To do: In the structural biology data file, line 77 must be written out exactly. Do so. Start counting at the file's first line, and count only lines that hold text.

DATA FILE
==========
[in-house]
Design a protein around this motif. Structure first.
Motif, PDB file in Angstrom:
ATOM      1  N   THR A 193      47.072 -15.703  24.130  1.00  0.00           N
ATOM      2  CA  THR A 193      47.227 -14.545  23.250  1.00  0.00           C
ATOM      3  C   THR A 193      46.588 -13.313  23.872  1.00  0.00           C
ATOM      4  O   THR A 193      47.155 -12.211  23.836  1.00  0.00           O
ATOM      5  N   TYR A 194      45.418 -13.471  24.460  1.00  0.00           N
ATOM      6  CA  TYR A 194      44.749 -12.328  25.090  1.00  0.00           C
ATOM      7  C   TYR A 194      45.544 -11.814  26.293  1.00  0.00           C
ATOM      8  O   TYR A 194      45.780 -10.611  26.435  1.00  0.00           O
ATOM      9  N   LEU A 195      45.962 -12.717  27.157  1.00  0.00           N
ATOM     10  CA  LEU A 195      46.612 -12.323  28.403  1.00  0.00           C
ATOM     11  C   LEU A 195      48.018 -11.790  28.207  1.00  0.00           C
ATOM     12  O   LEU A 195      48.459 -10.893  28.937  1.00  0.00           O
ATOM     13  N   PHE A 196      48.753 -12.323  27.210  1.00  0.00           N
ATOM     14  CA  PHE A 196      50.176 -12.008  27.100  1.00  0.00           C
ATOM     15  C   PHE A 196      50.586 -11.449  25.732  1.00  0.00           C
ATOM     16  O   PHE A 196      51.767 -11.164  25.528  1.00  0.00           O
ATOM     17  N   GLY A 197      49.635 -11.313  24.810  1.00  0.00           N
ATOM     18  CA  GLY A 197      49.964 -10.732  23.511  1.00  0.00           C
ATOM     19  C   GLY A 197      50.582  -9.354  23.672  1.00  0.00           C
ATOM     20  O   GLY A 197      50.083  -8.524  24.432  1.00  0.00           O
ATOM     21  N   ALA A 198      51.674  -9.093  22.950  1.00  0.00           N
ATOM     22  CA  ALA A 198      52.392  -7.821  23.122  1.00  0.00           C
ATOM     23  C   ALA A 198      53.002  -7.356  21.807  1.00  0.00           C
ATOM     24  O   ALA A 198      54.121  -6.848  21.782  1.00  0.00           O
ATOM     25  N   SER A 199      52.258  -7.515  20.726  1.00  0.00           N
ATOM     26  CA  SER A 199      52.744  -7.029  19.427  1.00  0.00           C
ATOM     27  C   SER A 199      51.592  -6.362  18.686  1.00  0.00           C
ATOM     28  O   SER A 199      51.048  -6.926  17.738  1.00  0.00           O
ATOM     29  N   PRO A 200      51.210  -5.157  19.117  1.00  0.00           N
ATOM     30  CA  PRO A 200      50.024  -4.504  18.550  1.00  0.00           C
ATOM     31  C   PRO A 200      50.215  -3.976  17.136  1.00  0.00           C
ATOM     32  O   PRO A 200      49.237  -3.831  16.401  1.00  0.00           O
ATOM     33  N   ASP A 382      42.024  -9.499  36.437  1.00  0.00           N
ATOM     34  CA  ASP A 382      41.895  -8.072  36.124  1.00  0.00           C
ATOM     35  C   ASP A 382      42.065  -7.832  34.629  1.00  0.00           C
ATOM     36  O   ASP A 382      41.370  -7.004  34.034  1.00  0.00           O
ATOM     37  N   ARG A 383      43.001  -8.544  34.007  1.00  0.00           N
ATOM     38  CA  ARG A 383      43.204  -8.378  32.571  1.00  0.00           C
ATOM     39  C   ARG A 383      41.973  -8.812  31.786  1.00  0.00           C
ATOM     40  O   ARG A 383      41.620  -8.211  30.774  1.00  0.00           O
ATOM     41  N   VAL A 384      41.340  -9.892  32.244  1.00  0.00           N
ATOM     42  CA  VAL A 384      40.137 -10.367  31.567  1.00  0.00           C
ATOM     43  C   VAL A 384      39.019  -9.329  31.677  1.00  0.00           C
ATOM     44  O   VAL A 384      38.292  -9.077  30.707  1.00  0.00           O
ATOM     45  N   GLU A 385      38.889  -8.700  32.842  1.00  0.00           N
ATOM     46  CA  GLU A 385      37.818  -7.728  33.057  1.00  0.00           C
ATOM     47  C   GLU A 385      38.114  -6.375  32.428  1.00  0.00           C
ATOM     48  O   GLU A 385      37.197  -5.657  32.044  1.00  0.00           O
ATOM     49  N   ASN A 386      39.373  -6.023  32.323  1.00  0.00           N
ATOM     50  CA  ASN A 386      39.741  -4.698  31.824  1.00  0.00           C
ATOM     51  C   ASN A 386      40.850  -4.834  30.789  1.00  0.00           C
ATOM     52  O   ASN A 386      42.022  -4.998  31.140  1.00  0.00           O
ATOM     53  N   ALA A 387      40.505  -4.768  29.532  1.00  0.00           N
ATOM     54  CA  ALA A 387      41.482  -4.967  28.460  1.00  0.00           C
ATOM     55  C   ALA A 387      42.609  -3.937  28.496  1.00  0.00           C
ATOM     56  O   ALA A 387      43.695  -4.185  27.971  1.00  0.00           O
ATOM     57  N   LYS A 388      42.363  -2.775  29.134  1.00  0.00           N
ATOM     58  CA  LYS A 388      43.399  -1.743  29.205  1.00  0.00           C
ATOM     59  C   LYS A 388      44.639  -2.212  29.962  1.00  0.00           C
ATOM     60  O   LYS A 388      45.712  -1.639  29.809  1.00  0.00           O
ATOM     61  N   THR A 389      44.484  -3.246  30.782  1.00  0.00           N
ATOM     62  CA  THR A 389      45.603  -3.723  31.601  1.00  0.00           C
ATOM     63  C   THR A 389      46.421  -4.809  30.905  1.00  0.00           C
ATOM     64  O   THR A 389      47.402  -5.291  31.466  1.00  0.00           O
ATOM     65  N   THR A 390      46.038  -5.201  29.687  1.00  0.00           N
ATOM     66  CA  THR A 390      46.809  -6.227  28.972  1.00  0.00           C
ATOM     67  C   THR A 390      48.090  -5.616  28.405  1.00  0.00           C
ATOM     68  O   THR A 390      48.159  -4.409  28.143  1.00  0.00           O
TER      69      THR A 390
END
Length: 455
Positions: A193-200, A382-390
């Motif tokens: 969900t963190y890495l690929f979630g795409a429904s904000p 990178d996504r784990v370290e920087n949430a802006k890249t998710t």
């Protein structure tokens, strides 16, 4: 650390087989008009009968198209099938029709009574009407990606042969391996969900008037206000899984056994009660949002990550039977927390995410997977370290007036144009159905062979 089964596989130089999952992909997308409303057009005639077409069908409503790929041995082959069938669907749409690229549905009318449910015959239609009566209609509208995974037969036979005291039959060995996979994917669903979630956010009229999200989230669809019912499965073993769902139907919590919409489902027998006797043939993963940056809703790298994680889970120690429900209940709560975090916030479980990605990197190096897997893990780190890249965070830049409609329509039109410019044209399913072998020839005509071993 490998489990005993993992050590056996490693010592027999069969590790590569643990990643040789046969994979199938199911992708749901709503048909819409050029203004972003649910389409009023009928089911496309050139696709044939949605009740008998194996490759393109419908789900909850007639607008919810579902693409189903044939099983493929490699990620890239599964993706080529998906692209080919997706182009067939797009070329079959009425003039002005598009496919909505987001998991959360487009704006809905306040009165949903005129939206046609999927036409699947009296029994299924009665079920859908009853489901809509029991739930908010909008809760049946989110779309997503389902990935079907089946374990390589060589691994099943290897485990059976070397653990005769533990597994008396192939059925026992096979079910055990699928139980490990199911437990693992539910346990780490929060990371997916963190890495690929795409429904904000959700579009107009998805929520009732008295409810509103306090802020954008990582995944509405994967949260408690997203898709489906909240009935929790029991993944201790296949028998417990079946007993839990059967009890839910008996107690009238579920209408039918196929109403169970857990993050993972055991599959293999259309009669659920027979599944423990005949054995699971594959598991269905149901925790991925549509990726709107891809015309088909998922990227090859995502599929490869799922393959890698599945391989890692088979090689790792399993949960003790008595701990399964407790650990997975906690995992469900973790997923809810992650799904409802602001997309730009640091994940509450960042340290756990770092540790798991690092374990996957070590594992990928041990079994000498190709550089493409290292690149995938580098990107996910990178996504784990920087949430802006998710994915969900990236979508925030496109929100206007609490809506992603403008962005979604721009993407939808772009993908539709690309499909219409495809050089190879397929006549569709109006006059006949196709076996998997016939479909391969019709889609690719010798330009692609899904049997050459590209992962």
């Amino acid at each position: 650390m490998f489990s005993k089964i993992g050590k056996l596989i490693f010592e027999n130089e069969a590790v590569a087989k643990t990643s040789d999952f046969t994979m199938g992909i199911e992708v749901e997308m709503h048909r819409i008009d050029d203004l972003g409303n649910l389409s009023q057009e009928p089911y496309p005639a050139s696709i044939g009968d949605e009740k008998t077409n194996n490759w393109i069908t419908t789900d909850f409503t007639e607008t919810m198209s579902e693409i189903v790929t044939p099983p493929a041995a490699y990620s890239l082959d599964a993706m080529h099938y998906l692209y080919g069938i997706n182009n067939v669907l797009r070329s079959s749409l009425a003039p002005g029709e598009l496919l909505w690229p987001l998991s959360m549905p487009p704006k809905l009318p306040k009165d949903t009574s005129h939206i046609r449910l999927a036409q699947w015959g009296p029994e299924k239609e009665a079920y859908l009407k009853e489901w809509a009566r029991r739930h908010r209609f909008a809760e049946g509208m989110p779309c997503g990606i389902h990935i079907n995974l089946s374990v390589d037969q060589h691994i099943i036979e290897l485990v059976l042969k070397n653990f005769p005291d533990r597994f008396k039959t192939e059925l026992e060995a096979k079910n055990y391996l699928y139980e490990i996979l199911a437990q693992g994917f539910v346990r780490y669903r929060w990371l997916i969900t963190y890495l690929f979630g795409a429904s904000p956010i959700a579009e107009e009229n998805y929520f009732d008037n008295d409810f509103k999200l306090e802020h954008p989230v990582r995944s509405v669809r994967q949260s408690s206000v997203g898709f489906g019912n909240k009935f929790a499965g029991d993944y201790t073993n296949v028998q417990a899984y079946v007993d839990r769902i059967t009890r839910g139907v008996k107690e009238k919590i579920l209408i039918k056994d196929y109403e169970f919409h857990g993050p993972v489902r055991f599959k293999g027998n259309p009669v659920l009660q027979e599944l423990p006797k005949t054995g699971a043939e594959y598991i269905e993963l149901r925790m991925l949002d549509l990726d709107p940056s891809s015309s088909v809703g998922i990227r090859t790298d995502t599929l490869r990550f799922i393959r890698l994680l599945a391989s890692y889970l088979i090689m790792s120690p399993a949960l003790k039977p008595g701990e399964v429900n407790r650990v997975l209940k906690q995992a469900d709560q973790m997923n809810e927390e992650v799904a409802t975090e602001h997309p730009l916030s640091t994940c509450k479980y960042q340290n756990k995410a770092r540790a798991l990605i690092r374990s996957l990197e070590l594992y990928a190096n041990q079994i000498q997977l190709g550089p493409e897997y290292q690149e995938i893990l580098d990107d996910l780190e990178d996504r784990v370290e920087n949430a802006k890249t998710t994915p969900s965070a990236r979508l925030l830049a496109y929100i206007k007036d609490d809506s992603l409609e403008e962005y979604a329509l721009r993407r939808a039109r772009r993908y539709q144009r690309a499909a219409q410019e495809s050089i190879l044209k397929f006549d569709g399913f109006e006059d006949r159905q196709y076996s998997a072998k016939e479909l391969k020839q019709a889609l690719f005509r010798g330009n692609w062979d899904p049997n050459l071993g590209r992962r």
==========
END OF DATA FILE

């Protein structure tokens, strides 16, 4: 650390087989008009009968198209099938029709009574009407990606042969391996969900008037206000899984056994009660949002990550039977927390995410997977370290007036144009159905062979 089964596989130089999952992909997308409303057009005639077409069908409503790929041995082959069938669907749409690229549905009318449910015959239609009566209609509208995974037969036979005291039959060995996979994917669903979630956010009229999200989230669809019912499965073993769902139907919590919409489902027998006797043939993963940056809703790298994680889970120690429900209940709560975090916030479980990605990197190096897997893990780190890249965070830049409609329509039109410019044209399913072998020839005509071993 490998489990005993993992050590056996490693010592027999069969590790590569643990990643040789046969994979199938199911992708749901709503048909819409050029203004972003649910389409009023009928089911496309050139696709044939949605009740008998194996490759393109419908789900909850007639607008919810579902693409189903044939099983493929490699990620890239599964993706080529998906692209080919997706182009067939797009070329079959009425003039002005598009496919909505987001998991959360487009704006809905306040009165949903005129939206046609999927036409699947009296029994299924009665079920859908009853489901809509029991739930908010909008809760049946989110779309997503389902990935079907089946374990390589060589691994099943290897485990059976070397653990005769533990597994008396192939059925026992096979079910055990699928139980490990199911437990693992539910346990780490929060990371997916963190890495690929795409429904904000959700579009107009998805929520009732008295409810509103306090802020954008990582995944509405994967949260408690997203898709489906909240009935929790029991993944201790296949028998417990079946007993839990059967009890839910008996107690009238579920209408039918196929109403169970857990993050993972055991599959293999259309009669659920027979599944423990005949054995699971594959598991269905149901925790991925549509990726709107891809015309088909998922990227090859995502599929490869799922393959890698599945391989890692088979090689790792399993949960003790008595701990399964407790650990997975906690995992469900973790997923809810992650799904409802602001997309730009640091994940509450960042340290756990770092540790798991690092374990996957070590594992990928041990079994000498190709550089493409290292690149995938580098990107996910990178996504784990920087949430802006998710994915969900990236979508925030496109929100206007609490809506992603403008962005979604721009993407939808772009993908539709690309499909219409495809050089190879397929006549569709109006006059006949196709076996998997016939479909391969019709889609690719010798330009692609899904049997050459590209992962």